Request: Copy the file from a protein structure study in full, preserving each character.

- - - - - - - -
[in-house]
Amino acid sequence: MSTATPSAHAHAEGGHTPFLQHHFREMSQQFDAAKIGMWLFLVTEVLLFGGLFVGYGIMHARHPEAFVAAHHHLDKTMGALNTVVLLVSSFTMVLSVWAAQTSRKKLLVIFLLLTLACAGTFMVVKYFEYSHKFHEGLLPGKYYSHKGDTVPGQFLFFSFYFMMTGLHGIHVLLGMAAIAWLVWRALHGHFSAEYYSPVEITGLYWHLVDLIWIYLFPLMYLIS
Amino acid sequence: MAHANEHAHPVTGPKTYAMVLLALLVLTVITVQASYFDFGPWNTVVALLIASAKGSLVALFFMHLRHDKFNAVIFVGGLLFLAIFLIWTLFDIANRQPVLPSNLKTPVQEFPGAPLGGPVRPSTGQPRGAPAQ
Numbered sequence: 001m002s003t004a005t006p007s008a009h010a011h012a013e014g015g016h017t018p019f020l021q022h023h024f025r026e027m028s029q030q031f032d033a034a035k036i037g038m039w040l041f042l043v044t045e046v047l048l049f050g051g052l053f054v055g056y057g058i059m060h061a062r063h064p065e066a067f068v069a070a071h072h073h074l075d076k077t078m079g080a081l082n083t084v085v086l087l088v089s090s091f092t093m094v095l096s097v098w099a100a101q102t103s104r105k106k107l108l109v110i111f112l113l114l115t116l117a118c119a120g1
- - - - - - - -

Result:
[in-house]
Amino acid sequence: MSTATPSAHAHAEGGHTPFLQHHFREMSQQFDAAKIGMWLFLVTEVLLFGGLFVGYGIMHARHPEAFVAAHHHLDKTMGALNTVVLLVSSFTMVLSVWAAQTSRKKLLVIFLLLTLACAGTFMVVKYFEYSHKFHEGLLPGKYYSHKGDTVPGQFLFFSFYFMMTGLHGIHVLLGMAAIAWLVWRALHGHFSAEYYSPVEITGLYWHLVDLIWIYLFPLMYLIS
Amino acid sequence: MAHANEHAHPVTGPKTYAMVLLALLVLTVITVQASYFDFGPWNTVVALLIASAKGSLVALFFMHLRHDKFNAVIFVGGLLFLAIFLIWTLFDIANRQPVLPSNLKTPVQEFPGAPLGGPVRPSTGQPRGAPAQ
Numbered sequence: 001m002s003t004a005t006p007s008a009h010a011h012a013e014g015g016h017t018p019f020l021q022h023h024f025r026e027m028s029q030q031f032d033a034a035k036i037g038m039w040l041f042l043v044t045e046v047l048l049f050g051g052l053f054v055g056y057g058i059m060h061a062r063h064p065e066a067f068v069a070a071h072h073h074l075d076k077t078m079g080a081l082n083t084v085v086l087l088v089s090s091f092t093m094v095l096s097v098w099a100a101q102t103s104r105k106k107l108l109v110i111f112l113l114l115t116l117a118c119a120g1